Background and objectives: Condom use is one of the most important preventive measures sex workers can take to reduce the risk of becoming infected with a sexually transmitted disease. However, a client may refuse to use a condom when requested. Some sexually transmitted disease prevention programs are recommending that sex workers use spermicide as an alternative prophylaxis when a condom is refused, yet little is known about the effect of this recommendation on prophylactic condom use.
Goal: To determine if using spermicide, either in conjunction with condoms or as a backup, influenced overall condom use among a group of sex workers at high risk of sexually transmitted diseases in Santa Fe de Bogota, Colombia.
Study design: Participants were assigned randomly to one of three condom use groups: use of condoms only (Condoms Only), use of condoms and spermicides concurrently (Condom and Spermicide), or use of spermicide when condoms were refused (Spermicide as a Backup). A total of 199 sex workers entered the study and were asked to return for follow-up every 2 weeks for a period of 12 weeks.
Results: Women assigned to the Spermicide as a Backup group used a condom for an average of 78.1% of their reported acts of intercourse, compared with an average of 94.5% in the Condom Only and 92.3% in the Condom and Spermicide groups. However, women in the Spermicide as a Backup group used a condom or spermicide for an average of 96.9% of their acts of intercourse. Condoms were used for every intercourse act by less than 5% of the women in the Spermicide as a Backup groups, compared with 50.7% in the Condom Only group and 41.2% in the Condom and Spermicide group (P 0.001). When condoms were not used, client refusal was the primary reason reported. The incidence of sexually transmitted diseases and other urogenital inflammations in all groups was lower than expected.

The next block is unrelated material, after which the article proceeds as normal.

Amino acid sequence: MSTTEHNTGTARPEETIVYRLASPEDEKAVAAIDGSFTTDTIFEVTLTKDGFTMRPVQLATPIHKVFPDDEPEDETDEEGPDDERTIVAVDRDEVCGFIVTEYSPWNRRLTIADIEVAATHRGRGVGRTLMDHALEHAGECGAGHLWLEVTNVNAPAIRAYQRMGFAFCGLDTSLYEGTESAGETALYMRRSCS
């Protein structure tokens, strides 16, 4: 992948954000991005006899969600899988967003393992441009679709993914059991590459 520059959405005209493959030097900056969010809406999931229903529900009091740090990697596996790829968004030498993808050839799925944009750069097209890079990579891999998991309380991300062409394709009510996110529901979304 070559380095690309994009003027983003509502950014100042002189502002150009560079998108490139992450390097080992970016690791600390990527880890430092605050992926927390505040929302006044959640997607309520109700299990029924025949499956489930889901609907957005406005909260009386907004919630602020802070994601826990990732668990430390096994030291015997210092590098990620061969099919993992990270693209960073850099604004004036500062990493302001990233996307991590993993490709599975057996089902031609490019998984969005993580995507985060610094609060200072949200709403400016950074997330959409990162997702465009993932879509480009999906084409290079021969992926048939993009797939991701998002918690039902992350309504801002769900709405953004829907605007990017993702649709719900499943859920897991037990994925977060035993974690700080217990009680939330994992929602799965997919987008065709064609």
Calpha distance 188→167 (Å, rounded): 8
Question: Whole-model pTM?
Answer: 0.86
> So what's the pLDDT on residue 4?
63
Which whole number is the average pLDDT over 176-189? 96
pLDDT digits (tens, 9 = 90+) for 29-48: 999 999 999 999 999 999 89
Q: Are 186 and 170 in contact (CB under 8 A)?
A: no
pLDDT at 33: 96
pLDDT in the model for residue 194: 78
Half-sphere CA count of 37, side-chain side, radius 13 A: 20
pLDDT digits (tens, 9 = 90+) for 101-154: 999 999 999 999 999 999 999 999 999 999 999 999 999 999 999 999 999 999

Conclusions: Among Colombian sex workers, condom use declined substantially when women were instructed to use spermicides if they were unable to persuade their partner to use a condom. However, these same women usually used the study spermicide as an alternate prophylaxis.
PIP: Some sexually transmitted disease (STD) prevention programs recommend that prostitutes use spermicide as an alternative prophylaxis when a condom is refused. 199 female sex workers in Santa Fe de Bogota, Colombia, participated in a study to assess the effect of this recommendation upon condom use. Women were randomly assigned to use condoms only, use condoms and spermicides concurrently, or use spermicide when condom use was refused. They were instructed to return for follow-up every 2 weeks for 12 weeks. Women in the spermicide-as-a-backup group used a condom for an average of 78.1% of reported acts of intercourse, compared to an average of 94.5% among the condom-only users and 92.3% among the women instructed to use both condoms and spermicide. Women in the spermicide-as-a-backup group used either a condom or spermicide for an average of 96.9% of their acts of intercourse, but less than 5% used a condom for every act of intercourse. 50.7% of women in the condom-only group and 41.2% in the condom/spermicide group used a condom for every act of intercourse. There was a lower than expected incidence of STDs and other urogenital inflammations in all groups.